Your designer, the wet one with the earplugs in this image, is doing a little industrial espionage on this commercially built Scat hovercraft.



Surface skimmers were developed over the years under names of Air Cushion Vehicle, ACV, Ground Effect Machine, GEM, Surface Effect Vehicle, SEV, and other names.

Serious development of these machines started in the early fifties in the English aerospace industry. These vehicles ultimately came to be called "hovercraft", and in the fifties, the vehicles were built by individuals in England and used in recreational racing. The racing craft, which were usually one or two place, were also called hovercraft and this term became generic for this type of craft.

I entered the picture in the early sixties, when after building a small air cushion platform I began doing numerical analysis on the small amount of information coming out of England on the new hovercraft. I found that while there were scholarly looking papers on the subject, things did not make sense. Analytical efforts were not directed in the area of making the vehicles more efficient, and less costly. These hovercraft required far too much power to fit into the real world and compete with even the expensive helicopter, except where the physics of scale effects (and possibly some government subsidy) allowed large vehicles a small niche in the scheme of things.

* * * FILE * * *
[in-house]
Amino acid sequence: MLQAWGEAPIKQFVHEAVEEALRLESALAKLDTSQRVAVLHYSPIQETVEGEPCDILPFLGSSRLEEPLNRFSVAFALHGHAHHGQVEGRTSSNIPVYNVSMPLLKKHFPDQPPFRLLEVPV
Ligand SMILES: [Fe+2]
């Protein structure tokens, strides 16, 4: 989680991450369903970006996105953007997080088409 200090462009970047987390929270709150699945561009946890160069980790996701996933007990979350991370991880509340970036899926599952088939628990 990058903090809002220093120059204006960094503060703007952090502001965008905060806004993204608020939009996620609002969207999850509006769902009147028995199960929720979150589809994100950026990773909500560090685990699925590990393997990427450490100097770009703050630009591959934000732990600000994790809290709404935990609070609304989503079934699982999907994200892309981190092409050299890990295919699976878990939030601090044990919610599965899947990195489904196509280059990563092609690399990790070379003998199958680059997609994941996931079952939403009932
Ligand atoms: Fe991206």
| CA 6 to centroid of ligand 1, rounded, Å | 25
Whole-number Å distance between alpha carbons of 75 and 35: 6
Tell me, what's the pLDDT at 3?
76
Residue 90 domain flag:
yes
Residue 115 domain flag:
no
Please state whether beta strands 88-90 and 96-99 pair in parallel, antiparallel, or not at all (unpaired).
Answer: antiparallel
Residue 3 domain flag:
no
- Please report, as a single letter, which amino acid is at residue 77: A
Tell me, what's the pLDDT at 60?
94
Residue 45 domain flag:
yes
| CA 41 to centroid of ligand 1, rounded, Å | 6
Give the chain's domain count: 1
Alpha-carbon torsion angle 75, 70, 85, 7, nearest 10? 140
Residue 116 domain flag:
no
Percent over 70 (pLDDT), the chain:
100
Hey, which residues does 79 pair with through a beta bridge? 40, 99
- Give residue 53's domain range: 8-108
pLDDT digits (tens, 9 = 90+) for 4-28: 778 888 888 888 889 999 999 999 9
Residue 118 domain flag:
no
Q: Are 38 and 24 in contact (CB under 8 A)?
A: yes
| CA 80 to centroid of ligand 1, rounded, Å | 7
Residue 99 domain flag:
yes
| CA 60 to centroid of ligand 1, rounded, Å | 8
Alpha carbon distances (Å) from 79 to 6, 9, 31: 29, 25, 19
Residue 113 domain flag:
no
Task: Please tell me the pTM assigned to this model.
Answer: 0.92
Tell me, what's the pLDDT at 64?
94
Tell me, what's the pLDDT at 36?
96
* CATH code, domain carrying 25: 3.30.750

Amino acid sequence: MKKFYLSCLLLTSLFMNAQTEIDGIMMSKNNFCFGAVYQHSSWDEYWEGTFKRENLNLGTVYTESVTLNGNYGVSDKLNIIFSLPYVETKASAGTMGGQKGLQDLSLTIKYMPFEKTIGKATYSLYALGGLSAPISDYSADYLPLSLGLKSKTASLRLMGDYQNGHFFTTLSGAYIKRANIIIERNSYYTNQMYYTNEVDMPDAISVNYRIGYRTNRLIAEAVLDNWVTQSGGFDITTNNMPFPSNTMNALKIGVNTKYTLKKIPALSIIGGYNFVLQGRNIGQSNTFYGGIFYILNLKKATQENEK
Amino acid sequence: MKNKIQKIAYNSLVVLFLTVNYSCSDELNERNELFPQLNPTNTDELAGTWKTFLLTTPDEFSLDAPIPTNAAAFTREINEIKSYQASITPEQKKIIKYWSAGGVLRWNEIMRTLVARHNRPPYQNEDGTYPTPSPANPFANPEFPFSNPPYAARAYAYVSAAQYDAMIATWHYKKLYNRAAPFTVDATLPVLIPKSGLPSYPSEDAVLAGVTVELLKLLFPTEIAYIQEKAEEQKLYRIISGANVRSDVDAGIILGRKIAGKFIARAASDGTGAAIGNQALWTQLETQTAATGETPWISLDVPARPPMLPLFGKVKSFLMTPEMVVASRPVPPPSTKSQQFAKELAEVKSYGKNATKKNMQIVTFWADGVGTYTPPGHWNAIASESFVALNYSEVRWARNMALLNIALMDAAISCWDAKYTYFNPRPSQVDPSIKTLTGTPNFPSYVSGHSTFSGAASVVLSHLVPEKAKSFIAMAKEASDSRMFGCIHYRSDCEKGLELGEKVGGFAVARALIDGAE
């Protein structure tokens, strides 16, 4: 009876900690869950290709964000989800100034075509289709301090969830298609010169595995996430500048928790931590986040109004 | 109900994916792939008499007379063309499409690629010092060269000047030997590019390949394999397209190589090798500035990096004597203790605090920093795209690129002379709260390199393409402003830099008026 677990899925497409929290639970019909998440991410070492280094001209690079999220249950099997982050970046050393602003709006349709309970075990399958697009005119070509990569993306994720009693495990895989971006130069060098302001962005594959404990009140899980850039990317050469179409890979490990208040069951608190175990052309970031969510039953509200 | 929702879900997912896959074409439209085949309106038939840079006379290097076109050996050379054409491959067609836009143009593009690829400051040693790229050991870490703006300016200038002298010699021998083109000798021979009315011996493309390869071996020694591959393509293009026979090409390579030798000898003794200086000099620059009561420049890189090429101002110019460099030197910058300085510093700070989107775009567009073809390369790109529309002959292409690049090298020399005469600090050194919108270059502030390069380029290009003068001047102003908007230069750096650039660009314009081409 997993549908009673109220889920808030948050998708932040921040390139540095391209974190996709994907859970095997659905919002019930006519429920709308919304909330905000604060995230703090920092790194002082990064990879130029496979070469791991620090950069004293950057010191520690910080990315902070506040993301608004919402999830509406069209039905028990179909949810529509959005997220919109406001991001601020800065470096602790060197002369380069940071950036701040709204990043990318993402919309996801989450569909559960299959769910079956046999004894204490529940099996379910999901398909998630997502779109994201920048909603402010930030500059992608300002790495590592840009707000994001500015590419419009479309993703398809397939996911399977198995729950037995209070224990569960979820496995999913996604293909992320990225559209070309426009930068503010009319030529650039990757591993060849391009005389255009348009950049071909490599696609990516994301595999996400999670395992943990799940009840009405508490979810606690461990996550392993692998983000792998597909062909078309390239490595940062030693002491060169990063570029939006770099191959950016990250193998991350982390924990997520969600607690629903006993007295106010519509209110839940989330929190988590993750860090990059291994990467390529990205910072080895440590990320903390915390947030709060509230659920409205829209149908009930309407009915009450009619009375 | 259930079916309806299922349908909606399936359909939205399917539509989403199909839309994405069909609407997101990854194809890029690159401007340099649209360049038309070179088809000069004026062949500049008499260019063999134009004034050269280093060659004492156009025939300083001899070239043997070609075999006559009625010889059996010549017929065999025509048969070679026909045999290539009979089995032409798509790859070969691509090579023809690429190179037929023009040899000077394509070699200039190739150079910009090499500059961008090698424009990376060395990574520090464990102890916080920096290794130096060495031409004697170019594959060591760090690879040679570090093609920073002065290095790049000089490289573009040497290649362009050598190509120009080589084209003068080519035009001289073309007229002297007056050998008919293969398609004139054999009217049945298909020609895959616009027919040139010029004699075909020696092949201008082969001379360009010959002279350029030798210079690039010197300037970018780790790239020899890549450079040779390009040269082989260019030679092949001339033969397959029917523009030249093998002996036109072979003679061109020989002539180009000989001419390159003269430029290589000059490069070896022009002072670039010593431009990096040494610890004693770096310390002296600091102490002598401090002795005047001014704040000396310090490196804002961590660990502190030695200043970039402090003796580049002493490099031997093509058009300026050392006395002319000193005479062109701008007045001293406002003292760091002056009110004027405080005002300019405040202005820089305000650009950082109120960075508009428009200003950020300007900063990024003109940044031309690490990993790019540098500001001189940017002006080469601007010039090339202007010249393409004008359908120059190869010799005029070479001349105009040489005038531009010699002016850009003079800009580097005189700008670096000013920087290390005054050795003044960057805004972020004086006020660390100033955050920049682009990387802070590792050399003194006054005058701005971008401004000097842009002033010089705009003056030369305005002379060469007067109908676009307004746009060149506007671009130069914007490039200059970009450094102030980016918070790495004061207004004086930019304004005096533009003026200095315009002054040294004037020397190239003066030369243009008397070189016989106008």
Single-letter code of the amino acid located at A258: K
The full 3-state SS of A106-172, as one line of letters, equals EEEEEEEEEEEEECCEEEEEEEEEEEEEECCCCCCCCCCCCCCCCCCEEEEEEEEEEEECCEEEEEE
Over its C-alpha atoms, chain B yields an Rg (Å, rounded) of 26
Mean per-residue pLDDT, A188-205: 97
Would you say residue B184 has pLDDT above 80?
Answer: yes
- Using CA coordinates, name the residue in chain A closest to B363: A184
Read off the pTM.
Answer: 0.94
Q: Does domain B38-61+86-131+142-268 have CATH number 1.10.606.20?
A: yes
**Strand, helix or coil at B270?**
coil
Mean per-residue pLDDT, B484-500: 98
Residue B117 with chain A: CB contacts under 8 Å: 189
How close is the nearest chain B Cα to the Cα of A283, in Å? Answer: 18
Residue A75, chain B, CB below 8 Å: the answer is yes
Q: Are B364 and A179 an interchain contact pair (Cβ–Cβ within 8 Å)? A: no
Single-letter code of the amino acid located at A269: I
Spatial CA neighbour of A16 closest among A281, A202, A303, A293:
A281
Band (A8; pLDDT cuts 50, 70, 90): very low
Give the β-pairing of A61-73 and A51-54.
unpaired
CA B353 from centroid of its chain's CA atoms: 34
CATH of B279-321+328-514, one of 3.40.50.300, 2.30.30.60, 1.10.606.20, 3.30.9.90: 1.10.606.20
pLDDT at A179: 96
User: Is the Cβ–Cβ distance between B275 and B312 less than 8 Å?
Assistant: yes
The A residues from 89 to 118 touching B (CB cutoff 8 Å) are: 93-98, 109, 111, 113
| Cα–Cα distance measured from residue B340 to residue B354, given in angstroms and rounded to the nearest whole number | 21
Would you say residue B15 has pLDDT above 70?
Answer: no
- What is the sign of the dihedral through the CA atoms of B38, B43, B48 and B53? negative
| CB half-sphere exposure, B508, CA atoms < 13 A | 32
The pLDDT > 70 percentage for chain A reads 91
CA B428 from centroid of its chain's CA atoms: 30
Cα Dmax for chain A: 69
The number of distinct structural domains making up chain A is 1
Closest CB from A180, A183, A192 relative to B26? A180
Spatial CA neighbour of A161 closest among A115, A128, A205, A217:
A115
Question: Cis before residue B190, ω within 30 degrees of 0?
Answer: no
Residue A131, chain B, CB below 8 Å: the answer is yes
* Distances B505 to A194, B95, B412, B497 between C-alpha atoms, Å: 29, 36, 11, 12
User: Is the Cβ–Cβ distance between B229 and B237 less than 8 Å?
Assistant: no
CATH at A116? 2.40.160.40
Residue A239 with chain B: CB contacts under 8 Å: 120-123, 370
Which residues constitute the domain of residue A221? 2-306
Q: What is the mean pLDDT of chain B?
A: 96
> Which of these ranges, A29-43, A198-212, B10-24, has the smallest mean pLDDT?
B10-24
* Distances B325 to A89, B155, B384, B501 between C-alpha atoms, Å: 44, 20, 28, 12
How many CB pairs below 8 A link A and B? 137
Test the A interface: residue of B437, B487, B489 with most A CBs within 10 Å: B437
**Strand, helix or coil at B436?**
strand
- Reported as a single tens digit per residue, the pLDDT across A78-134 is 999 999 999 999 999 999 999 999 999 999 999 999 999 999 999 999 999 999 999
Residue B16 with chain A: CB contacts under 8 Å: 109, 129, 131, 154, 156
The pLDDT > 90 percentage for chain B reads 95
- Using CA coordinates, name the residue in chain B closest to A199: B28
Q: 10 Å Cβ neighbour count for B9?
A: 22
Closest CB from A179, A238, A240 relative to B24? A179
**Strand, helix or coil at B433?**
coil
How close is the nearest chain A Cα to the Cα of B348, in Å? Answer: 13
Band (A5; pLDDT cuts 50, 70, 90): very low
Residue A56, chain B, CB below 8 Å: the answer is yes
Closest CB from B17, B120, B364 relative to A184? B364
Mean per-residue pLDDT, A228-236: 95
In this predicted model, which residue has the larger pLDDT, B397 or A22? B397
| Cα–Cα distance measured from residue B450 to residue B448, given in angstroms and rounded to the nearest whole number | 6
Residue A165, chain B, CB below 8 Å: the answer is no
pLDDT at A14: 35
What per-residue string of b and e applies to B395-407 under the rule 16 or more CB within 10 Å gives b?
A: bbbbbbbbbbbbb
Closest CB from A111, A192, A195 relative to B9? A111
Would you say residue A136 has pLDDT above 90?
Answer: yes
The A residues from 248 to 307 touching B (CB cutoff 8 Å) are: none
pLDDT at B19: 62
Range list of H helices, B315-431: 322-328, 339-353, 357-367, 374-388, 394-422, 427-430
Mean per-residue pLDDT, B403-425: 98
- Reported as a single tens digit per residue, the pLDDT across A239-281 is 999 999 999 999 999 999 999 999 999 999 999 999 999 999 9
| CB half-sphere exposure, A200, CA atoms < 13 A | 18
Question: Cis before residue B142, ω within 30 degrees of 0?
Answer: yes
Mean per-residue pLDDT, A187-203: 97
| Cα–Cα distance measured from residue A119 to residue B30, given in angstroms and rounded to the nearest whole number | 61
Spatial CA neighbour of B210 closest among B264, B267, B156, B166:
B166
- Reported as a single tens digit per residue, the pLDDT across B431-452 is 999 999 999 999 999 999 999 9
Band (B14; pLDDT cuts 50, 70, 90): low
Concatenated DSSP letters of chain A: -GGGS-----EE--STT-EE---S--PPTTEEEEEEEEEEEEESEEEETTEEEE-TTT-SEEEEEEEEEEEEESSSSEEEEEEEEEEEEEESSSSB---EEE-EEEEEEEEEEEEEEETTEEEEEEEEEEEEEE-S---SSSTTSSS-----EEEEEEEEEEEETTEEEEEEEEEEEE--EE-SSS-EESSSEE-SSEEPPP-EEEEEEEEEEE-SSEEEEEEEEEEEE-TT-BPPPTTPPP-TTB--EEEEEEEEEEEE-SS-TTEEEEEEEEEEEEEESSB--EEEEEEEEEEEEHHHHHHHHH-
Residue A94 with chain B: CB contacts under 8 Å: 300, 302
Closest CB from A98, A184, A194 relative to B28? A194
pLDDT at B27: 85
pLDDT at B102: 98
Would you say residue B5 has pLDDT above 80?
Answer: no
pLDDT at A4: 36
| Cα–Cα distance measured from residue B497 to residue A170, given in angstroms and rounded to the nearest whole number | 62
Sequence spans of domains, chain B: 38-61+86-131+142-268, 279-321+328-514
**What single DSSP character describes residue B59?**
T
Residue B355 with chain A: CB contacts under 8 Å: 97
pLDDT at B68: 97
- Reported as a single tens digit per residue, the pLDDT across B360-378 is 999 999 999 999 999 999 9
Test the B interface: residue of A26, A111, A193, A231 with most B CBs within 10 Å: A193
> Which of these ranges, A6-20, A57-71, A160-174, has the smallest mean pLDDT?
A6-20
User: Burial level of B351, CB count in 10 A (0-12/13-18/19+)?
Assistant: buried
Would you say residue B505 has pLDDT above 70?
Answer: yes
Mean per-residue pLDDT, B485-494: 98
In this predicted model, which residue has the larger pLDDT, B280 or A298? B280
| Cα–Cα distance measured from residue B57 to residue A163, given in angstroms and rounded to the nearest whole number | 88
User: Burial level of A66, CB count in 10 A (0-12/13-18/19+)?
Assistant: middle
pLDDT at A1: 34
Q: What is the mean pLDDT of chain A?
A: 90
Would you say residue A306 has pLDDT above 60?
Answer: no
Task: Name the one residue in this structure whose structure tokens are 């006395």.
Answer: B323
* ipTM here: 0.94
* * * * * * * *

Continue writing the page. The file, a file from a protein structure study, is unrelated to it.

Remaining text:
It became quite evident to me that the English efforts were directed at merely getting surface skimmers to work, and there was little effort in making them fit into the real world of commerce. The approach to design seemed to be "gadgeteering", rather than analysis of the designs as systems. The craft were built using aircraft technology, which worked fine on a 350 knot aircraft, but was far too expensive for a 40 knot surface skimmer.

In numerical analysis one builds a model of the system using mathematics and then applies estimates of the empirical part of the design (such as friction coefficients and diffusion losses). It is up to the designer of the vehicle to try to achieve these empirical aspects in real hardware (usually the estimates are too optimistic at the start), or at least approach their values as closely as possible. Then the next time, more realistic empirical input can be used to improve the next generation of vehicles. For instance, if this had been done in early English efforts such items as skirt elements that are pressurized well above cushion pressure, and peripheral jet surface skimmers would never have been built, as they cannot be made to work with reasonable efficiency in numerical analysis even with the most optimistic empirical input.

To this day, design of hovercraft suffers from designers that copy what they assume is mature technology, derived from the English efforts.